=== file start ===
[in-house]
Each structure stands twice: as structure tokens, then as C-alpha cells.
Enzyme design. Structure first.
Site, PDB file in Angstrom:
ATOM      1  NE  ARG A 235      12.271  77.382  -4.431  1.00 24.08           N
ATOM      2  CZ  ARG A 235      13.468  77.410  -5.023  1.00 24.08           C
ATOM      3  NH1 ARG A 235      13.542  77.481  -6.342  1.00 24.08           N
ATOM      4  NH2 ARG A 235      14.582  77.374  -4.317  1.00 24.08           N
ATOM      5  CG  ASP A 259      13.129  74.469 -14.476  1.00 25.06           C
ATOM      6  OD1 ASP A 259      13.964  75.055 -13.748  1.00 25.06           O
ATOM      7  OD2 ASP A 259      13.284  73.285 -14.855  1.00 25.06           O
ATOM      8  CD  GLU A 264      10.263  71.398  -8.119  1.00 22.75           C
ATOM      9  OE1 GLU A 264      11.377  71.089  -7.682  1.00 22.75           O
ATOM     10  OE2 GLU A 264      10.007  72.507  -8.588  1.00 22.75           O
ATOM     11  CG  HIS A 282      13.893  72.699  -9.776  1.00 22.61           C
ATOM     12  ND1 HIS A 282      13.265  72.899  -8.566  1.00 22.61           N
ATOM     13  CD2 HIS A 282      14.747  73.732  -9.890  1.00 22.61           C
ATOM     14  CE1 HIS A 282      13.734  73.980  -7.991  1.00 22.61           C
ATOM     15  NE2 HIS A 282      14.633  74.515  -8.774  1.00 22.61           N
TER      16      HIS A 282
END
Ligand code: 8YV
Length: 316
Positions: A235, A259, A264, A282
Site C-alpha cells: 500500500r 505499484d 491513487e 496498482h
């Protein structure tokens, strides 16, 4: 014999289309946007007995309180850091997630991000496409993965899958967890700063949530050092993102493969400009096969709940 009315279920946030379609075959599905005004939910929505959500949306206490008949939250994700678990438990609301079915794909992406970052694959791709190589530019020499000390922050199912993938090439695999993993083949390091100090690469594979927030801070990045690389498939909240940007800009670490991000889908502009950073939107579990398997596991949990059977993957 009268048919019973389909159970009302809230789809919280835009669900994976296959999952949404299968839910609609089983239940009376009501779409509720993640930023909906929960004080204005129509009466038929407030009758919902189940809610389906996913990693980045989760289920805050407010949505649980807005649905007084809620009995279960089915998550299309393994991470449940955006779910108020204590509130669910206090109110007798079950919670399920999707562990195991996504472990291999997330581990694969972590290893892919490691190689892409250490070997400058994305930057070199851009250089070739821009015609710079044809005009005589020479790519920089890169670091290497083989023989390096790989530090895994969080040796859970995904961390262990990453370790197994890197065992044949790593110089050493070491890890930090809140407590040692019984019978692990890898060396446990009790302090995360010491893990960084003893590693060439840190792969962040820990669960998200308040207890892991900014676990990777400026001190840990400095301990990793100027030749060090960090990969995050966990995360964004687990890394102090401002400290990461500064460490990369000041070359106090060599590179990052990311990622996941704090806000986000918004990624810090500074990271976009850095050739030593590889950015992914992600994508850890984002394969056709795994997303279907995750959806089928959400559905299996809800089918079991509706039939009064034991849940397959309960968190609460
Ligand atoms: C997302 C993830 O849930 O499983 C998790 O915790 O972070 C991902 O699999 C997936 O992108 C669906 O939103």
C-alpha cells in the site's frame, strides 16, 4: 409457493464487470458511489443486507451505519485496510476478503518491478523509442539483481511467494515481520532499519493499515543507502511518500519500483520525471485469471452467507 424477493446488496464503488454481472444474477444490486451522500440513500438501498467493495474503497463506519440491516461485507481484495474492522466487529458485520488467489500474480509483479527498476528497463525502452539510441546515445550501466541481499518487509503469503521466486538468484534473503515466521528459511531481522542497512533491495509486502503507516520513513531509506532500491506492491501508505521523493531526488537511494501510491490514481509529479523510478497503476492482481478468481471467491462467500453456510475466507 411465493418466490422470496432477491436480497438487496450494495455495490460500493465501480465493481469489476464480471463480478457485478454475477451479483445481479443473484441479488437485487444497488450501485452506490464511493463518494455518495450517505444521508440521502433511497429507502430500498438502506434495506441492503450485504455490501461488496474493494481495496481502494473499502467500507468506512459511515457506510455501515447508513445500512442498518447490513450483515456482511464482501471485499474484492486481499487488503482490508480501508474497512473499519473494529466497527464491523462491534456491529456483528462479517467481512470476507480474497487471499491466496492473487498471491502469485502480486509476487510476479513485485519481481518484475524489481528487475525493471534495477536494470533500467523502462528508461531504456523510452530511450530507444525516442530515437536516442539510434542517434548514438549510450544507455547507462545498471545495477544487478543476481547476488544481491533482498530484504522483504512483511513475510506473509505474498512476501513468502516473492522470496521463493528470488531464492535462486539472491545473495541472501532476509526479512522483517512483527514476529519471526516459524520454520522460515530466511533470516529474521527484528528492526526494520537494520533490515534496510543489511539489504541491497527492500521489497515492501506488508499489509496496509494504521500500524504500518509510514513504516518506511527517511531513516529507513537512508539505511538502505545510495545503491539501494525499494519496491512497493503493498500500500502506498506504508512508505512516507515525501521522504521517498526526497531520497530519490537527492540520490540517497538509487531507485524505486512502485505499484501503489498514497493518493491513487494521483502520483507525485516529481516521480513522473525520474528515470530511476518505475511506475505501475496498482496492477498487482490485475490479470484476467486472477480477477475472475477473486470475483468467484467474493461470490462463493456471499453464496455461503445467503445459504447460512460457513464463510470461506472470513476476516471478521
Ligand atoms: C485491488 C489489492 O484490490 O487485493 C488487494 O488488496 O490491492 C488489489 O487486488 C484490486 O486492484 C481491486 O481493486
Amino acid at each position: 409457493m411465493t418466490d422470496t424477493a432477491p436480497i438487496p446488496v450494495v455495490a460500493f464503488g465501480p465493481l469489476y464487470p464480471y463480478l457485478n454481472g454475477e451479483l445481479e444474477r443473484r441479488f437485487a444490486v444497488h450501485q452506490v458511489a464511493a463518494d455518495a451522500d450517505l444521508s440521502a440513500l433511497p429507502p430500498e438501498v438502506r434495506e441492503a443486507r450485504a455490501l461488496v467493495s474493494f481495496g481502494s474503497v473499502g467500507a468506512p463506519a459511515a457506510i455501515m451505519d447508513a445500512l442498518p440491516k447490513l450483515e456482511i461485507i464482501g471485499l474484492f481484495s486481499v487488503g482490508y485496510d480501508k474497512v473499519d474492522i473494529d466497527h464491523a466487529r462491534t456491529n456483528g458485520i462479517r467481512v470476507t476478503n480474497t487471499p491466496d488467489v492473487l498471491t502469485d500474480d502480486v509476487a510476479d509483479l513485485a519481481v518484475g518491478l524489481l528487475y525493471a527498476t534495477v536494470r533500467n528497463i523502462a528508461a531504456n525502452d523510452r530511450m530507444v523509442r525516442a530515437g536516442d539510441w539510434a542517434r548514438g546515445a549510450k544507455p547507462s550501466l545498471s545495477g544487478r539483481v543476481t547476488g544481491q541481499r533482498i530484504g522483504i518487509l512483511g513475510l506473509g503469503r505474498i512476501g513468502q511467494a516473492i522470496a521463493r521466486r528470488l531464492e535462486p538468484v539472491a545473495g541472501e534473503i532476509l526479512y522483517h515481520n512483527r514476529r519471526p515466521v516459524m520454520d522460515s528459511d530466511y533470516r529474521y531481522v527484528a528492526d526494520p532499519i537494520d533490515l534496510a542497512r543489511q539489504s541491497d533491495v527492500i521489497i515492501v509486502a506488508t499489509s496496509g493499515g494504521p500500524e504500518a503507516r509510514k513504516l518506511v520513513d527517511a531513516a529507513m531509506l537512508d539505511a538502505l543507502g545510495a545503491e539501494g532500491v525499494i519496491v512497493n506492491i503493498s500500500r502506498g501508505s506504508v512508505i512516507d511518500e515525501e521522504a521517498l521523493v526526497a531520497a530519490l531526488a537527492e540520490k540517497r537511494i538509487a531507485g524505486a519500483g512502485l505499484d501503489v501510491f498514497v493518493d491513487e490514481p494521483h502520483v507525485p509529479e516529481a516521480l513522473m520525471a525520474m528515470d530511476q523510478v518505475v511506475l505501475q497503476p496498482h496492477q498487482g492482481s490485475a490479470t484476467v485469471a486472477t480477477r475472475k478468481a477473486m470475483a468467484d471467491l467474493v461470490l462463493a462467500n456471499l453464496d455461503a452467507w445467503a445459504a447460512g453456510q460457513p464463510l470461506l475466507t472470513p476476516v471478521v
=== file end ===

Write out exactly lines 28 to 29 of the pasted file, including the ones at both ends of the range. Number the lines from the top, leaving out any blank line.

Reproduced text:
C-alpha cells in the site's frame, strides 16, 4: 409457493464487470458511489443486507451505519485496510476478503518491478523509442539483481511467494515481520532499519493499515543507502511518500519500483520525471485469471452467507 424477493446488496464503488454481472444474477444490486451522500440513500438501498467493495474503497463506519440491516461485507481484495474492522466487529458485520488467489500474480509483479527498476528497463525502452539510441546515445550501466541481499518487509503469503521466486538468484534473503515466521528459511531481522542497512533491495509486502503507516520513513531509506532500491506492491501508505521523493531526488537511494501510491490514481509529479523510478497503476492482481478468481471467491462467500453456510475466507 411465493418466490422470496432477491436480497438487496450494495455495490460500493465501480465493481469489476464480471463480478457485478454475477451479483445481479443473484441479488437485487444497488450501485452506490464511493463518494455518495450517505444521508440521502433511497429507502430500498438502506434495506441492503450485504455490501461488496474493494481495496481502494473499502467500507468506512459511515457506510455501515447508513445500512442498518447490513450483515456482511464482501471485499474484492486481499487488503482490508480501508474497512473499519473494529466497527464491523462491534456491529456483528462479517467481512470476507480474497487471499491466496492473487498471491502469485502480486509476487510476479513485485519481481518484475524489481528487475525493471534495477536494470533500467523502462528508461531504456523510452530511450530507444525516442530515437536516442539510434542517434548514438549510450544507455547507462545498471545495477544487478543476481547476488544481491533482498530484504522483504512483511513475510506473509505474498512476501513468502516473492522470496521463493528470488531464492535462486539472491545473495541472501532476509526479512522483517512483527514476529519471526516459524520454520522460515530466511533470516529474521527484528528492526526494520537494520533490515534496510543489511539489504541491497527492500521489497515492501506488508499489509496496509494504521500500524504500518509510514513504516518506511527517511531513516529507513537512508539505511538502505545510495545503491539501494525499494519496491512497493503493498500500500502506498506504508512508505512516507515525501521522504521517498526526497531520497530519490537527492540520490540517497538509487531507485524505486512502485505499484501503489498514497493518493491513487494521483502520483507525485516529481516521480513522473525520474528515470530511476518505475511506475505501475496498482496492477498487482490485475490479470484476467486472477480477477475472475477473486470475483468467484467474493461470490462463493456471499453464496455461503445467503445459504447460512460457513464463510470461506472470513476476516471478521
Ligand atoms: C485491488 C489489492 O484490490 O487485493 C488487494 O488488496 O490491492 C488489489 O487486488 C484490486 O486492484 C481491486 O481493486